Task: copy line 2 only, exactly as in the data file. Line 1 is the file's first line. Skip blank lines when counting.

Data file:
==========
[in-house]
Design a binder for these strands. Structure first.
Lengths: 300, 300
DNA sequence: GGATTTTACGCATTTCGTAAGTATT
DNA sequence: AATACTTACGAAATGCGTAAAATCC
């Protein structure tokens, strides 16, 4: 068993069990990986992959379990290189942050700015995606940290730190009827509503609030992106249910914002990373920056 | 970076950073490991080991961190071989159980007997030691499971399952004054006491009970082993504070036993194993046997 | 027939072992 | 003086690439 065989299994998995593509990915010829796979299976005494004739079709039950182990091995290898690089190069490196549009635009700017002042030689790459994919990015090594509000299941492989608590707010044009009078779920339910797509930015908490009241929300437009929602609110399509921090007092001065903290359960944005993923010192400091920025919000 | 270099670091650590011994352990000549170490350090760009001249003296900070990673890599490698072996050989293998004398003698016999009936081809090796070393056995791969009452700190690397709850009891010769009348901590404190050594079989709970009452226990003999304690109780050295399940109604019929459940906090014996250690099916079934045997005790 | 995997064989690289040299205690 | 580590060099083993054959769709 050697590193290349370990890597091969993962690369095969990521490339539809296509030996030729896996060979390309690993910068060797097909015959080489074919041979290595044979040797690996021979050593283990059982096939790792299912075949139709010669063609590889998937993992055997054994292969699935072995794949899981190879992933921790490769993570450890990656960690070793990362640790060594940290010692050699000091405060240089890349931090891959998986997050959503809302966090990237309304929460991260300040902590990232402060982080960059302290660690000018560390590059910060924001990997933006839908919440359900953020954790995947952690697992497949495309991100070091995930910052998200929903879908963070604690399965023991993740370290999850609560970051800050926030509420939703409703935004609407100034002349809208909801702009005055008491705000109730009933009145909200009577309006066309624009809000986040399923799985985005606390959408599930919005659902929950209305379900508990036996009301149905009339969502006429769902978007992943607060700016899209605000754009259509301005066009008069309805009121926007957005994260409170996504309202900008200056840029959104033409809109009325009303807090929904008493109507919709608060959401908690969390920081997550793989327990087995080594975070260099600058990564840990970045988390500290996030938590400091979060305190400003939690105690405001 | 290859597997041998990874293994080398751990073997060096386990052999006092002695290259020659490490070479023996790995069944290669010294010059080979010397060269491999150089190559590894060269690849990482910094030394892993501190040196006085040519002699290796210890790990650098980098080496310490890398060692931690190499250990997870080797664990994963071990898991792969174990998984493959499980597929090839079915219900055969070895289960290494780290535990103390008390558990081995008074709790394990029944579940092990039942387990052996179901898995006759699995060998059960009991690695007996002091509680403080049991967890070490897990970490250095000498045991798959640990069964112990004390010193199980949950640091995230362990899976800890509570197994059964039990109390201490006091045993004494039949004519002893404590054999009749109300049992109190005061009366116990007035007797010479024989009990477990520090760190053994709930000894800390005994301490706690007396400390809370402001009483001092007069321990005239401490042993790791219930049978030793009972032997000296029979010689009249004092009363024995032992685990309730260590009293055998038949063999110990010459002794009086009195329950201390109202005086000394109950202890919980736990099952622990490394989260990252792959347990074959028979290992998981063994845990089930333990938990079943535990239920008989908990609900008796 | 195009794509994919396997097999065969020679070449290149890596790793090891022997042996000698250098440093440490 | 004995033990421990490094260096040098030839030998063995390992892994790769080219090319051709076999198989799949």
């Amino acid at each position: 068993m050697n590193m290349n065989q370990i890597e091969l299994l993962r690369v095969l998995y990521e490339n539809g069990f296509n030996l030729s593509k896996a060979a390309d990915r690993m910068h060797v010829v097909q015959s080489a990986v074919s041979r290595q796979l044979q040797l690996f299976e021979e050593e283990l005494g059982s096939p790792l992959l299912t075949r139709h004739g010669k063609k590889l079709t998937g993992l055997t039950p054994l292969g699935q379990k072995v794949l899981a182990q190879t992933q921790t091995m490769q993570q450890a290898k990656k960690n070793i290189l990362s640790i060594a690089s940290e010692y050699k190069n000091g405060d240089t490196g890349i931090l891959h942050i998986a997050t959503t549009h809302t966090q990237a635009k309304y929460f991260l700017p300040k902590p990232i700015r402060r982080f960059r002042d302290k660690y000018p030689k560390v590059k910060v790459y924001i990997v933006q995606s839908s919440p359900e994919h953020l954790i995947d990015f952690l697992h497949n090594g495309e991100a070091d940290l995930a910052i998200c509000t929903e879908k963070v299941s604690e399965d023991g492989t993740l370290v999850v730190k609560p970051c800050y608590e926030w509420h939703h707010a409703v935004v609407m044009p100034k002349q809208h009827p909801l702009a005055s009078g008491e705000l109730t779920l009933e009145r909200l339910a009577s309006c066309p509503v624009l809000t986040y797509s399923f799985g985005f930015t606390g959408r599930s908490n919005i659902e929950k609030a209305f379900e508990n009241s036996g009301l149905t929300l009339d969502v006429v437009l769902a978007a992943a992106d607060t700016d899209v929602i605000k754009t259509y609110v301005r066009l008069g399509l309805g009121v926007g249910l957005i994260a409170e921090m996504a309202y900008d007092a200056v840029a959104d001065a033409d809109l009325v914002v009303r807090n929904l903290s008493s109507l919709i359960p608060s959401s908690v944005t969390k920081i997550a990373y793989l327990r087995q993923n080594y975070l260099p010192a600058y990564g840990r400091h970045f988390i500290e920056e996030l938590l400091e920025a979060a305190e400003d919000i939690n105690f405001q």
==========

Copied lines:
Design a binder for these strands. Structure first.